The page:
Dean, for his part, did everything he could to not be selfish and emulate his brother’s usual role in wanting to protect everyone else before they saved themselves. Driven hard by the Mark, recognizing the horror in his actions when causing poor, ill-fated Rudy’s death, the true Dean Winchester surfaced when making the deal with Death. Through the horrified cries of “he can’t possibly kill, Sam, can he?!” I saw his reasoning. He summoned Death to ask to be reaped, hoping that would be a solution. When Death told him that he was unable to end his life but could remove the Mark if Dean passed it on to someone else, once again the goodness of Dean Winchester shone through when he refused to allow anyone else to shoulder that burden. When Death offered him the alternative, eternal banishment, he could see a way out. But consider what position he was putting himself into; he would never mentally survive killing Sam so he was sentencing himself to an eternity of exile with the guilt of his actions his only company. As Sam told him, even as Dean beat his brother bloody, those were not the actions of an evil person. In many ways there were parallels to Sam’s possession by Lucifer. While we saw the physical differences in Lucifer!Sam because he actually was a different person, the Mark had enough control of Dean that he was unrecognizable in many ways. He needed the trigger of the love for his family to suppress the Mark’s impulses, just as Sam needed to be reminded of the brothers’ relationship to regain control from Lucifer. Even before the Mark had been removed from him we saw a glimpse of our Dean Winchester, holding out his hand to help his brother up and saying, with a glint in his eyes, “I think I just killed Death.”
Let’s talk about Death for a moment. How many shows allow their fans to say “I love Death”? Julian Richings was a fan favorite from the moment he placed his cane on the sidewalk to the strains of Jen Titus’ haunting “Oh Death” in Season 5. He brought us a Horseman who was at once terrifying and lovable, all of us being able to relate to his love of junk food. He allowed the Winchesters to worm their way into his limited affections and in the end, that trust was his downfall. I don’t think anyone will truly object to Dean using the scythe on Death instead of Sam but I don’t know there are many fans out there who weren’t sorry to see the character go. Although, who knows; he’s Death, this is Supernatural, there’s a good chance he’ll be back!
I was thrilled to see Rowena (Ruth Connell) show off her true powers in this episode. I do wonder if her motivation for helping remove the Mark was to raise the Darkness all along; she gave up on her request to kill her son fairly easily after Sam “soiled the sheets on that one”. Hopefully this means she will return next year stronger than before and we will have a compelling “big bad” for season 11. The Winchesters have never defeated a witch and if we assume the Darkness is the release of demons from Hell she would have many willing allies in whatever her nefarious plans may be.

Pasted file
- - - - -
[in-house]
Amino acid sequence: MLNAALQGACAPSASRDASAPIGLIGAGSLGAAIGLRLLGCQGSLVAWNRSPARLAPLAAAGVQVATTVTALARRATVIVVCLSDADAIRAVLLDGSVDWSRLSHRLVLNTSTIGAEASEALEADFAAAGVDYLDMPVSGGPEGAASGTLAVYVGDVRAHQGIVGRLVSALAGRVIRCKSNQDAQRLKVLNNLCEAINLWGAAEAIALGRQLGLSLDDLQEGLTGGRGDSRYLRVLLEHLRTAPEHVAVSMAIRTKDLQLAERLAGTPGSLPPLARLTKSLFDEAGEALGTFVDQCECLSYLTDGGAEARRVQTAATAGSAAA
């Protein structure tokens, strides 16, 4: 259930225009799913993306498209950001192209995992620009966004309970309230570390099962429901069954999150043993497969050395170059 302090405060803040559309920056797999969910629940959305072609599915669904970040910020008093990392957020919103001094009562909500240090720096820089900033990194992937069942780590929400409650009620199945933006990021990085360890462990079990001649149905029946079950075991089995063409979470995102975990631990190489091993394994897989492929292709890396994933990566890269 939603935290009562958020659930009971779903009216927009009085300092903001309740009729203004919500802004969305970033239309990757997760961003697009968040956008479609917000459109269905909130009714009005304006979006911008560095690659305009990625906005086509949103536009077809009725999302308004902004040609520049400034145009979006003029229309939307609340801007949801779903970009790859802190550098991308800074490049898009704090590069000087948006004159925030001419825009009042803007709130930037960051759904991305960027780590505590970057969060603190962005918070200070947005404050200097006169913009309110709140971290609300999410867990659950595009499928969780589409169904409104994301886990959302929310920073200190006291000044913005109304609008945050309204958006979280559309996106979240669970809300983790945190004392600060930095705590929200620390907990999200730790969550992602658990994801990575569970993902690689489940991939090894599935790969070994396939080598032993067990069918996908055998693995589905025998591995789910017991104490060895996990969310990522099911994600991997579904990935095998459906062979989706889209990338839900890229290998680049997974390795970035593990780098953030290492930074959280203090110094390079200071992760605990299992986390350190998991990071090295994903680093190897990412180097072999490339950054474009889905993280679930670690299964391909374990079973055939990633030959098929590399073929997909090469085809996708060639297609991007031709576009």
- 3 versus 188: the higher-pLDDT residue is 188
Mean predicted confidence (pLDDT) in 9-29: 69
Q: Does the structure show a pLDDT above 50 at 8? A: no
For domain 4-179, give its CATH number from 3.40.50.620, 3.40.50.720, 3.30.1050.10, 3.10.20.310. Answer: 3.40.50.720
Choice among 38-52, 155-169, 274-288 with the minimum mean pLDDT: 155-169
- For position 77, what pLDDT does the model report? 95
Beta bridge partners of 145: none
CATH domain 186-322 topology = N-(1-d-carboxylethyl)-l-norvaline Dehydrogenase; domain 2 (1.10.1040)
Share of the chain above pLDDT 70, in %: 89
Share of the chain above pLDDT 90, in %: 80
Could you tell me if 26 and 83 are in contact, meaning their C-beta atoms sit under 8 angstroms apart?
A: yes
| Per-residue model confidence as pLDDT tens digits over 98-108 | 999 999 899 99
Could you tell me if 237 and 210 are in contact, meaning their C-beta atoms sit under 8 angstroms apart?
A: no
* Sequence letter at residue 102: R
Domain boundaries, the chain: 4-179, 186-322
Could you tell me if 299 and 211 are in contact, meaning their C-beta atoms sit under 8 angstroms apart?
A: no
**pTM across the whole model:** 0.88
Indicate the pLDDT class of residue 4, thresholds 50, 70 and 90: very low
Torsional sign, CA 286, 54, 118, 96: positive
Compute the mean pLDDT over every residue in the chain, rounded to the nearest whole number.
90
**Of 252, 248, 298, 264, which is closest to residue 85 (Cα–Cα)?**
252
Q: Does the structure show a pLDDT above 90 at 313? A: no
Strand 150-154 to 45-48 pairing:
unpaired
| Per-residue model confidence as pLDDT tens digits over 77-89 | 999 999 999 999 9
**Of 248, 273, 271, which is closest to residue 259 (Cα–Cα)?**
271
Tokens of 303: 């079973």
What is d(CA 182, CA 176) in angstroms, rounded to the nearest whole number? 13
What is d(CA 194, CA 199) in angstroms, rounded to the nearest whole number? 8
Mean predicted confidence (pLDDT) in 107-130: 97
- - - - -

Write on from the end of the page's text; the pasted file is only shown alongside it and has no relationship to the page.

As I mentioned at the start, I did have some issues with this episode. While I recognize we needed to see Dean’s descent into being overpowered by the Mark, the case seemed almost irrelevant and in my opinion took up too much time in the episode. I also felt Castiel and Crowley were under-used, acting more as bodyguards to Rowena and occasional comic relief (Cas telling Crowley he summoned him because he’s not in his contacts list definitely made me chuckle), although their own cliffhanger was an interesting one in that it highlighted Rowena’s strength given that she cursed an angel and paralysed the King of Hell.
One of the genius parts of Brother’s Keeper for me was the backstory of the Mark of Cain. We assumed we knew most of it but at Death’s reveal that it was the cause of Lucifer’s fall everything clicked into place. Azazel’s motivation for the curses he rained down on the Winchester and Campbell families over the years were all in the service of Lucifer. Therefore the Mark can be traced back as the catalyst for everything Sam and Dean have endured and I feel like we have come full circle in some ways. After Sam’s abandonment of Dean to Purgatory many fans were left asking how the showrunners could cause such a rift. Jeremy Carver responded by saying he needed to break them down before he could build them up. While the cliffhanger ending seemed to hint at our heroes being left in a dire predicament, the one thing that I took away from it was that Sam, Dean and Baby were together. And, really, isn’t that the point?
As always we’d love to hear your thoughts!